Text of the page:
"The U.S. has failed to understand the real extremely complex structure of Afghan society."

Q: What are the differences between Biden and Trump and in general between Democrats and Republicans when it comes to Afghanistan?

I have reached out to a final analysis that both the two American presidents Trump and Biden, who are affiliated with Republicans and Democrats, aren't able to comprehend and understand the elements of special power prevailing today. So, I can analyze that the failed strategy of President Trump in Afghanistan and his successor Biden, due to many reasons, as follows:

1. The two American presidents (Trump and Biden) have failed to understand the current transformations accompanying the structure of power in Afghanistan and the rise of the rival regional powers, like China and Russia.

2. Both Republicans and Democrats in the USA have encouraged the other regional competitors to the USA to succeed in Afghanistan on the account of the USA. I am mainly talking here about the rise of Chinese and Russian powers and the challenges they pose to the American hegemony.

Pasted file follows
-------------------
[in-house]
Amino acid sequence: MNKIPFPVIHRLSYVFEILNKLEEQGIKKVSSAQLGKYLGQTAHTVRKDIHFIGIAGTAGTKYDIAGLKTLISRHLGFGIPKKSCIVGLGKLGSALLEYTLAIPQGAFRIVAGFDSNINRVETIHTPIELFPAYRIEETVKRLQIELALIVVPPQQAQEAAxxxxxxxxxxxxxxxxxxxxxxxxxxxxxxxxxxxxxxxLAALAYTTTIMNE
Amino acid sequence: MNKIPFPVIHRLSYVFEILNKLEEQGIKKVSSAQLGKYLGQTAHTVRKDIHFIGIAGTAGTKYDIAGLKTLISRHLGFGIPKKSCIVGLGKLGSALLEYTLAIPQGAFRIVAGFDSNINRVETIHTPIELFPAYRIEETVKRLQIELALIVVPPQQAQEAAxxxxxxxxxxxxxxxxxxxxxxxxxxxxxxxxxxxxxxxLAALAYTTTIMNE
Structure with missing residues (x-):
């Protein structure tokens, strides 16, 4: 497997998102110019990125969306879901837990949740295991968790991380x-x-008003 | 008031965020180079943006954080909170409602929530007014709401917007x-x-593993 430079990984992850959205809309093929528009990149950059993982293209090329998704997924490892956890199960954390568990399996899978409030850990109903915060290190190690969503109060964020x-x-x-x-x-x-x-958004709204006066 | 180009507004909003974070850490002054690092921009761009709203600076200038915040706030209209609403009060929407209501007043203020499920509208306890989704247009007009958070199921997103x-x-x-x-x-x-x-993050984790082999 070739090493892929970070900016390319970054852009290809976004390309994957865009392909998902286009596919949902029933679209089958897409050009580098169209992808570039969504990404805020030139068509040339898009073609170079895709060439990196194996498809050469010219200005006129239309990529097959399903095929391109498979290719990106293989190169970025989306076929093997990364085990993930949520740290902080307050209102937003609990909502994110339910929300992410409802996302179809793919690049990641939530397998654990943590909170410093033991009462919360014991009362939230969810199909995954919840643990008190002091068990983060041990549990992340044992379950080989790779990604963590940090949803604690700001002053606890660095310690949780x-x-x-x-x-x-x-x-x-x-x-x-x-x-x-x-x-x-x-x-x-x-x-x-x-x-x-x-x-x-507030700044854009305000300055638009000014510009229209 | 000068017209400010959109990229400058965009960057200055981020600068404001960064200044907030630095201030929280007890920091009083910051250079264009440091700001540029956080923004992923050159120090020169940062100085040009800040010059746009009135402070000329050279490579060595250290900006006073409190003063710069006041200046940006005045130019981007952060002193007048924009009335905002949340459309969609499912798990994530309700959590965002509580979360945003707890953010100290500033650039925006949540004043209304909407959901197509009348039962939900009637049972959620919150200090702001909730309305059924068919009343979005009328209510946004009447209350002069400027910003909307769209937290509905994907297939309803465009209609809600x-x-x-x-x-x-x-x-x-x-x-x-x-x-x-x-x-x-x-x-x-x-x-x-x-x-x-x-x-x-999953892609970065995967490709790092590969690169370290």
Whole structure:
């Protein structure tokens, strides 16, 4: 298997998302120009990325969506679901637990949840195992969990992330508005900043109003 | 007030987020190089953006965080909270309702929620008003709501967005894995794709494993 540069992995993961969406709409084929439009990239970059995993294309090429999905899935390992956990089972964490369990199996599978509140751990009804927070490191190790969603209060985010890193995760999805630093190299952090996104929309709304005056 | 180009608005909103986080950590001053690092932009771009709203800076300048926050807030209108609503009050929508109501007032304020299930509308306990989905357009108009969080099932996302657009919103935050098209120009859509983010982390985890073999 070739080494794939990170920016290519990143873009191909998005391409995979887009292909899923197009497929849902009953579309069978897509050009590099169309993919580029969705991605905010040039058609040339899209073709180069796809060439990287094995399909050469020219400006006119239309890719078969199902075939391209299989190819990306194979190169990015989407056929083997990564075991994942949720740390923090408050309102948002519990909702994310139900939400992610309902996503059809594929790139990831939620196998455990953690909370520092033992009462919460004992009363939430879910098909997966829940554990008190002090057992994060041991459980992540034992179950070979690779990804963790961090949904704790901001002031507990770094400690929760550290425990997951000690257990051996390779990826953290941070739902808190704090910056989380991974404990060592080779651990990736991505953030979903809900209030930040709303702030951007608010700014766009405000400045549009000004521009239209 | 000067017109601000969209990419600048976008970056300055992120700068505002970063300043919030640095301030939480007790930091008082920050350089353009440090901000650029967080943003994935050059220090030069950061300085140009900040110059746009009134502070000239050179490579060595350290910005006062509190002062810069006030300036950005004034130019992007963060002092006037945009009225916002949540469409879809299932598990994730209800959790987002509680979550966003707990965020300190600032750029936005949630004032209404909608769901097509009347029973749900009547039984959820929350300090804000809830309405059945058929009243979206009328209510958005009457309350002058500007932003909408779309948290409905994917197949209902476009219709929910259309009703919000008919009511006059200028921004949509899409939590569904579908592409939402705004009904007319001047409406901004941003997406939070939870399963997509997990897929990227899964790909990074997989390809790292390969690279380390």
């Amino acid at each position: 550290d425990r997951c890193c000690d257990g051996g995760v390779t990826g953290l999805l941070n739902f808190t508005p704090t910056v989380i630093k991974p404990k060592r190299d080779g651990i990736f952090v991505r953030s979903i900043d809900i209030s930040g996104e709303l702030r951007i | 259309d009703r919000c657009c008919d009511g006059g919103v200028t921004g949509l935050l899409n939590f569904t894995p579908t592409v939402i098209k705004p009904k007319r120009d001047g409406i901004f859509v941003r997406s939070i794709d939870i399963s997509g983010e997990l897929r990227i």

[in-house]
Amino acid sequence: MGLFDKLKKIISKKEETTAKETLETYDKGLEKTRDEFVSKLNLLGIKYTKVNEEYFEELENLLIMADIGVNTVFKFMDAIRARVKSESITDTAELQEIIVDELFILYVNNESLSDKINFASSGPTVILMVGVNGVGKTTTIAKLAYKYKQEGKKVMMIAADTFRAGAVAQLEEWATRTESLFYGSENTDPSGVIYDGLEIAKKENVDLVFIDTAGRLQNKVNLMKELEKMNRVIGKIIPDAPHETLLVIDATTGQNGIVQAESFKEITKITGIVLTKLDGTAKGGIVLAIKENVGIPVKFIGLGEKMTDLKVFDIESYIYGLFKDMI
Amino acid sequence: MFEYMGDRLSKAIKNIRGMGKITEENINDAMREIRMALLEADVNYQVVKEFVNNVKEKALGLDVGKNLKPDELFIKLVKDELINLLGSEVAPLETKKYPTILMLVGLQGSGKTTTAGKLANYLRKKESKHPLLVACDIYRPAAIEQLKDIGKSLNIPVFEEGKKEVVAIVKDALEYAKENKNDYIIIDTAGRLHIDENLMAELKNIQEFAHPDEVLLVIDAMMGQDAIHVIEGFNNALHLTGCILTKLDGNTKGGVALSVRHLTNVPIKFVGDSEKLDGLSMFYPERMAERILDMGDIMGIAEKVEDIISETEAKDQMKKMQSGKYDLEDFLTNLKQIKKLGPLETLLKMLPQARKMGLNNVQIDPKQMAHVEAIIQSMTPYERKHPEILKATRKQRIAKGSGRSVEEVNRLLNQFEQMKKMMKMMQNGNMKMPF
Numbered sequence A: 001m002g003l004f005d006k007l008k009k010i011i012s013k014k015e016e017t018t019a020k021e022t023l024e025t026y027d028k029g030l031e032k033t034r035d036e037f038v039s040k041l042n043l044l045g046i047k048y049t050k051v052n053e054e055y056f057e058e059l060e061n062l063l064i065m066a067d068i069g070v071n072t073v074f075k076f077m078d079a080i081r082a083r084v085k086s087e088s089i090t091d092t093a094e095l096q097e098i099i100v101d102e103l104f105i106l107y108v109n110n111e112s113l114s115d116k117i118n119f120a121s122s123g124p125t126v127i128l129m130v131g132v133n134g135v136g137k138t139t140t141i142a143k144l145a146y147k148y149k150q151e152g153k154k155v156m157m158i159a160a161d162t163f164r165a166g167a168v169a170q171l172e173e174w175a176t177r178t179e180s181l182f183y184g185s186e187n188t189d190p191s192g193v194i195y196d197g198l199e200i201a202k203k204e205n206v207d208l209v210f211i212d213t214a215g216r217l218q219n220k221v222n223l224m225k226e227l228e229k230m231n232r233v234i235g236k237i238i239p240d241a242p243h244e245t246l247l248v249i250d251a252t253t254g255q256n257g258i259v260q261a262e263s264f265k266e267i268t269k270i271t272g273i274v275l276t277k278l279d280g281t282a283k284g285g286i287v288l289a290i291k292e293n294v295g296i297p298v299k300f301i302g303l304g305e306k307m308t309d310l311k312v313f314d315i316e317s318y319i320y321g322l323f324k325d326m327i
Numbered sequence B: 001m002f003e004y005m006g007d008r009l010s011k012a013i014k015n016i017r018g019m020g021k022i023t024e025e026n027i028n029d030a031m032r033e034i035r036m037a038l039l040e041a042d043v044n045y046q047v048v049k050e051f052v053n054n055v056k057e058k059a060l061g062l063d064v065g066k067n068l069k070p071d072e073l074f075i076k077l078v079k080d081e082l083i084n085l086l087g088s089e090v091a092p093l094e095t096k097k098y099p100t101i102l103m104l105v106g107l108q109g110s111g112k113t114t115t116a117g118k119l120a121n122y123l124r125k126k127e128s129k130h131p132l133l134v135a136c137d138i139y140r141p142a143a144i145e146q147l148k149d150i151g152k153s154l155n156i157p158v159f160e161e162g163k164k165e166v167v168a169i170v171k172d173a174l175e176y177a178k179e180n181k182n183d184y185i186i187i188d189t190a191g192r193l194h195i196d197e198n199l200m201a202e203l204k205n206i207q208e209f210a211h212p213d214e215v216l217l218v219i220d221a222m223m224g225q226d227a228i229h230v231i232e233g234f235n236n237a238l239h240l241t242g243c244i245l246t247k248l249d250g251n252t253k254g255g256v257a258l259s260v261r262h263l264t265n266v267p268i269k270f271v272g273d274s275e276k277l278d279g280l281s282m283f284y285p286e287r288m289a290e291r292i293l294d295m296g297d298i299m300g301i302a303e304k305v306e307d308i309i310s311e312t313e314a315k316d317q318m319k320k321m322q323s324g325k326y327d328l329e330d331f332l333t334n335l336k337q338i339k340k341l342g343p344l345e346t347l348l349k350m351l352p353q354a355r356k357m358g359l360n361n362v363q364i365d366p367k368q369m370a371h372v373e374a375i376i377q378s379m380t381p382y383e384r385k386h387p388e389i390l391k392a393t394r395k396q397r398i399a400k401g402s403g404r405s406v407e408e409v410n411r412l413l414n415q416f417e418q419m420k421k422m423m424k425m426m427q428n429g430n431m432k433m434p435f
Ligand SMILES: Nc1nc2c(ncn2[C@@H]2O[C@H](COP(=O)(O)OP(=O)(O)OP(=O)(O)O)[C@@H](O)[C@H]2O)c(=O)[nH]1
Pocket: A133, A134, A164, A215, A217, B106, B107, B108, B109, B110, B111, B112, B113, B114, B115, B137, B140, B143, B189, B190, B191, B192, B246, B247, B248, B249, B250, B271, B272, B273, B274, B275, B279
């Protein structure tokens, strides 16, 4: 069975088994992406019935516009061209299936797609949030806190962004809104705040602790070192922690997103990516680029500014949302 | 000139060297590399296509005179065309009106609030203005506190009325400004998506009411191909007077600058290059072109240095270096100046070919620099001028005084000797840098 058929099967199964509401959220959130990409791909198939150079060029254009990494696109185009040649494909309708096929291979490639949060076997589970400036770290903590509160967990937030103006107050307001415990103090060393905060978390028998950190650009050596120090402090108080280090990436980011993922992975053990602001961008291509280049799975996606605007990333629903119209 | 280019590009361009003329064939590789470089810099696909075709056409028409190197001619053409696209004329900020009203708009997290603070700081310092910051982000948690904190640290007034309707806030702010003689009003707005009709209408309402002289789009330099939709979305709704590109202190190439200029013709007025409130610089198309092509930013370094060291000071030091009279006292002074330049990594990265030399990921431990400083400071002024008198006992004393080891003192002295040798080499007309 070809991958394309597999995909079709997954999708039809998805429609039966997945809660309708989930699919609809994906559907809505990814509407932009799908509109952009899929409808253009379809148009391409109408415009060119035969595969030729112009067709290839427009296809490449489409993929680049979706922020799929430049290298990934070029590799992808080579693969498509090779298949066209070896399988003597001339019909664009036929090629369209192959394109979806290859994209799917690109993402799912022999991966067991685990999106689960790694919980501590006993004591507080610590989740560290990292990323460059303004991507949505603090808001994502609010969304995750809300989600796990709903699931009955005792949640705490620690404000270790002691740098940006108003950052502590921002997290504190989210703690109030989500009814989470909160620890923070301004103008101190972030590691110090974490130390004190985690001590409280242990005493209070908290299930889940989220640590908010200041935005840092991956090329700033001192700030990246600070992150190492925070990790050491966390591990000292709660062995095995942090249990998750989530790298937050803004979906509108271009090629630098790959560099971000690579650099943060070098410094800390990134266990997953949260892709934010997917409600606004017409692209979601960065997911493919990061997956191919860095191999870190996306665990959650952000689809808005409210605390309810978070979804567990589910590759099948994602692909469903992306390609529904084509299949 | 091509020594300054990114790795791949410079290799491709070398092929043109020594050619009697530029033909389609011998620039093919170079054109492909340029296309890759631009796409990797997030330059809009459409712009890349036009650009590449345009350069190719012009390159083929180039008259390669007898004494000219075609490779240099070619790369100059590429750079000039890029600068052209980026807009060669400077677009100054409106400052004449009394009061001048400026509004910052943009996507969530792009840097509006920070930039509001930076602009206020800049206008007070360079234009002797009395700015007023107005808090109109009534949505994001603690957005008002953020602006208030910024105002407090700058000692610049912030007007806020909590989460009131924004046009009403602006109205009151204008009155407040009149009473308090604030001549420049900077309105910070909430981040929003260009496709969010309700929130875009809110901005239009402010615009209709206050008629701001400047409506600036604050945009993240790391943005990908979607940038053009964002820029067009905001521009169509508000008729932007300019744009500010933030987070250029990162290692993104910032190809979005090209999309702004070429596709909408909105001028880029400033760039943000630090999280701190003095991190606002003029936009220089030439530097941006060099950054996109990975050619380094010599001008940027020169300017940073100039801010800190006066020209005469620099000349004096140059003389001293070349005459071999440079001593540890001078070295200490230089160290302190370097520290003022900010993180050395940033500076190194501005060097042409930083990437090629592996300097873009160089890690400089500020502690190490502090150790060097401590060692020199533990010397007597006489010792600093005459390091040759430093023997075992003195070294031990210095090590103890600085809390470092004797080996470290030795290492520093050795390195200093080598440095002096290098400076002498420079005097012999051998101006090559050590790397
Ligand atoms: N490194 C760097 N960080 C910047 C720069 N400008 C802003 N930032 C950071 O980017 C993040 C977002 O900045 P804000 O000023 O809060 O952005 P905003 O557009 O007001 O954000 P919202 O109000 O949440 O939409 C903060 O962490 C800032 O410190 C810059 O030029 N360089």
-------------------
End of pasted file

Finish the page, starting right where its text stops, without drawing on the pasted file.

3. So, the failure of the USA in Afghanistan may conflict with the American Democratic President Biden’s principle of America’s return to lead the world and restore the role of democratic alliance, and we saw this on his last visit to Europe.

4. Most importantly, the region suffers from problems of rebuilding power, a state of chaos and military interventions, and a weak regional power structure, which encourages other powers to intervene.

This scenario if occurring will surely harm Biden’s administration interests.

 5. The extension of Russia’s strong influence in the region will raise the question about what are the scenarios that can be envisaged for the American decision-makers under the Biden administration.
The U.S. policies will be negatively affected under Biden’s principle and administration by many different various following scenarios, such as:

- First Scenario: represented in the regional forces rushing to fill this void, which is the most likely in front of Biden’s administration.

- Second Scenario: the scenario of acceleration of non-state actors, such as the Taliban in Afghanistan, which is a strong scenario.

- Third Scenario: the stabilization of the Russian presence. Here, Russia is a major player and restores the dream of Soviet imperialism in the region, which is a scenario based on the ground, and this scenario is the worst-case scenario in front of Biden’s strategy to restore the American democratic policies with allies in the world.